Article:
Get outside over the Thanksgiving holidays to enjoy the fall weather and take in the scenery at Georgia’s parks and trails. Below are a few easy-to-get-to spots for Thanksgiving and day after Thanksgiving hikes.
Nine miles of hiking trails wind through the woods near the rapids of Sweetwater Creek. The 2-mile out-and-back History Hike winds near the banks of Sweetwater Creek for a mile before reaching the impressive New Manchester Mill ruins. The hike is easy, with some gradual climbs and many beautiful views. Energetic trailblazers extend this hike by continuing along the white trail at the intersection near the ruins. The white trail adds several miles of more challenging, rocky terrain before turning away from the creek and leading hikers back to the visitor center.
Red Top Mountain State Park Sweet Gum Loop
Red Top Mountain offers 15 miles of hiking and biking trails with an additional paved, ADA-accessible trail. The scenic trails lead visitors through the woods over moderate terrain to view historic and natural sites. Sweet Gum Loop is perfect for families. This relatively easy 3.5-mile hike through the woods connects with the paved Lakeside Trail, featuring lake views for a short distance. Explore more of the lakeshore on the 5.5-mile Homestead Trail, or bring mountain bikes to ride nearly 4 miles on Iron Hill.
Chattahoochee River NRA Island Ford Loop
The Island Ford Unit of Chattahoochee River National Recreation Area features a 3-mile loop beginning with a long walk near the banks of the river. The trail passes several interesting rock outcrops that make fun photo ops. Keep the hike easy by making the return trip along this riverside stretch of trail, or extend the hike by gradually climbing into the forest along the loop.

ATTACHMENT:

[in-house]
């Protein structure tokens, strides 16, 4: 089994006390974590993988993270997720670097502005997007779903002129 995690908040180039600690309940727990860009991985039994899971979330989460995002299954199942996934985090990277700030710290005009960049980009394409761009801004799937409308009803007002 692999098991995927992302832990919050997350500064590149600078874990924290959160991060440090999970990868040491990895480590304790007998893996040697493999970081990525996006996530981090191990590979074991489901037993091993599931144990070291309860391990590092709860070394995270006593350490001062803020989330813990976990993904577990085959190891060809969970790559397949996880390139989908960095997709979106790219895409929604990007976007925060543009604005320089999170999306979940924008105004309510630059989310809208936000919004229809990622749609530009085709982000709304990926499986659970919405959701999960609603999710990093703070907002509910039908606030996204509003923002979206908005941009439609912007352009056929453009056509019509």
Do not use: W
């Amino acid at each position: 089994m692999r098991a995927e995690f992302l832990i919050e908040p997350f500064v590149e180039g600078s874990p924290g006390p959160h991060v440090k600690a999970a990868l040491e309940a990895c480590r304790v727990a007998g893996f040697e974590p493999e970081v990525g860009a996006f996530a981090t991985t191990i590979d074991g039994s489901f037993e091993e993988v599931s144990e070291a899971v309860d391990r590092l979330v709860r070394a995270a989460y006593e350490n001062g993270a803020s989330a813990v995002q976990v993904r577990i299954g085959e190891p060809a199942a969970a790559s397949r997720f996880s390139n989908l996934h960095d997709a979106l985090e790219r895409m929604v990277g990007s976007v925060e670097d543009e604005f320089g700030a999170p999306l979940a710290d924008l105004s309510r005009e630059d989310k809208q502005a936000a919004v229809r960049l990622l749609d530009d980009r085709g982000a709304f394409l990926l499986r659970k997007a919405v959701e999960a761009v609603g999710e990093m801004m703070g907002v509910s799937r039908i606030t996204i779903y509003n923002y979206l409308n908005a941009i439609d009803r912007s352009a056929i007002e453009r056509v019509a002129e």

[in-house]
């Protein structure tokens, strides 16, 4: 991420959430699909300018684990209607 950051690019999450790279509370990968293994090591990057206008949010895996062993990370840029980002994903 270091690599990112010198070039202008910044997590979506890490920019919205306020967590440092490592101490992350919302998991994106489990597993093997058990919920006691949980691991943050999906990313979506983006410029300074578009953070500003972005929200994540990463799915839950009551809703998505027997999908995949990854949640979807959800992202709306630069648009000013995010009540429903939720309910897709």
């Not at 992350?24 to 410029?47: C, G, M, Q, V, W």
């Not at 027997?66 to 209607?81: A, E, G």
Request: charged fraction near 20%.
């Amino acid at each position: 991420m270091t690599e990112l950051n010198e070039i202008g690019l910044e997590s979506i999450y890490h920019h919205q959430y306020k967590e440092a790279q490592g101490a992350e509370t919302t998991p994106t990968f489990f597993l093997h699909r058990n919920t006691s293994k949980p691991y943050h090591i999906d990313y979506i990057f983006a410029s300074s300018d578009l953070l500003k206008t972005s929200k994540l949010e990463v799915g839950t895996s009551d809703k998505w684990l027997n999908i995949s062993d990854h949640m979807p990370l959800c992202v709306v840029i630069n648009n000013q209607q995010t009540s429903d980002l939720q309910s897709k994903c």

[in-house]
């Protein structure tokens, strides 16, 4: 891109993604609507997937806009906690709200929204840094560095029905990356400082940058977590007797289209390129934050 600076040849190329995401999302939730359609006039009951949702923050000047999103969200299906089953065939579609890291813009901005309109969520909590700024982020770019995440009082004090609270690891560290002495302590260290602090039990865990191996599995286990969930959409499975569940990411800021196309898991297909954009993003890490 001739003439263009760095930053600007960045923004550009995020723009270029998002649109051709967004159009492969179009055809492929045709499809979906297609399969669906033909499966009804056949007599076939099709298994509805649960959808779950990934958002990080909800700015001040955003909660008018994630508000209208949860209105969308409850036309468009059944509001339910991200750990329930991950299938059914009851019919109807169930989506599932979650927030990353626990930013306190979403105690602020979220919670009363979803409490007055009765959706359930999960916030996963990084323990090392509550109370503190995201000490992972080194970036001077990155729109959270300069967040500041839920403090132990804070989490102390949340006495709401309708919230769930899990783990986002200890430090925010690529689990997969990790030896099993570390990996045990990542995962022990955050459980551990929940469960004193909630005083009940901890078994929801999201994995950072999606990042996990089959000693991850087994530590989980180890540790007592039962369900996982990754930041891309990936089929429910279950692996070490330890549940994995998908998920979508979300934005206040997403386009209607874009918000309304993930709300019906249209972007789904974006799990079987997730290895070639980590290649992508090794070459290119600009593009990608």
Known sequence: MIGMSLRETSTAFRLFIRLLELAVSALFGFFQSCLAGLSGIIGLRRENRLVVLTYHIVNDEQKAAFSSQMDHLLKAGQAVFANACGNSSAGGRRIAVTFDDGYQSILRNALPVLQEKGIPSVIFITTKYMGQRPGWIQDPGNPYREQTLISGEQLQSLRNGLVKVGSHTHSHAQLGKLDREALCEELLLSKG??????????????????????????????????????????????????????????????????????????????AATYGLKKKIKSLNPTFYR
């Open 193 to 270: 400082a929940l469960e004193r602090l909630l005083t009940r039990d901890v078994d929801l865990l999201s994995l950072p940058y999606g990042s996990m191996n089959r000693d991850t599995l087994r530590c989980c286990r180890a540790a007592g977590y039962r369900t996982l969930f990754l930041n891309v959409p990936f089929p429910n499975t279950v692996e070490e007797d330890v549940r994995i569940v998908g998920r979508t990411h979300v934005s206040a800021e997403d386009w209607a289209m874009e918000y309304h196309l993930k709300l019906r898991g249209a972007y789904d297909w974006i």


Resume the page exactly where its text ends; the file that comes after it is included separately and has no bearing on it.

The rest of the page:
The Falls Trail begins with a short walk to a sweeping view of the falls tumbling over rock outcroppings in the Towaliga River. Following the loop for just over a mile takes hikers from the falls through the forest, where the trail climbs in elevation. Hikers looking for more also visit the history trail on the other side of the river. The history trail offers two more miles of hiking and includes the remains of an old hydroelectric power plant.
Little Ocmulgee’s Oak Ridge Trail offers a fascinating look at the threatened longleaf pine ecosystem. The relatively flat sandhill terrain makes this an easy 2-mile hike with virtually no elevation change. A boardwalk about halfway into the loop leads visitors onto the blackwater streams for tranquil, mesmerizing walk among tupelo and bay trees.
Paved trails in every Georgia region
From the Silver Comet to the Atlanta BeltLine, Georgia features paved multi-use trails in every region. These paths make up some of the longest, easiest stretches of trail in the state, catering to pedestrians and bikers. Many of these paved trails offer wooded areas, landscape views, and unique sights along the way.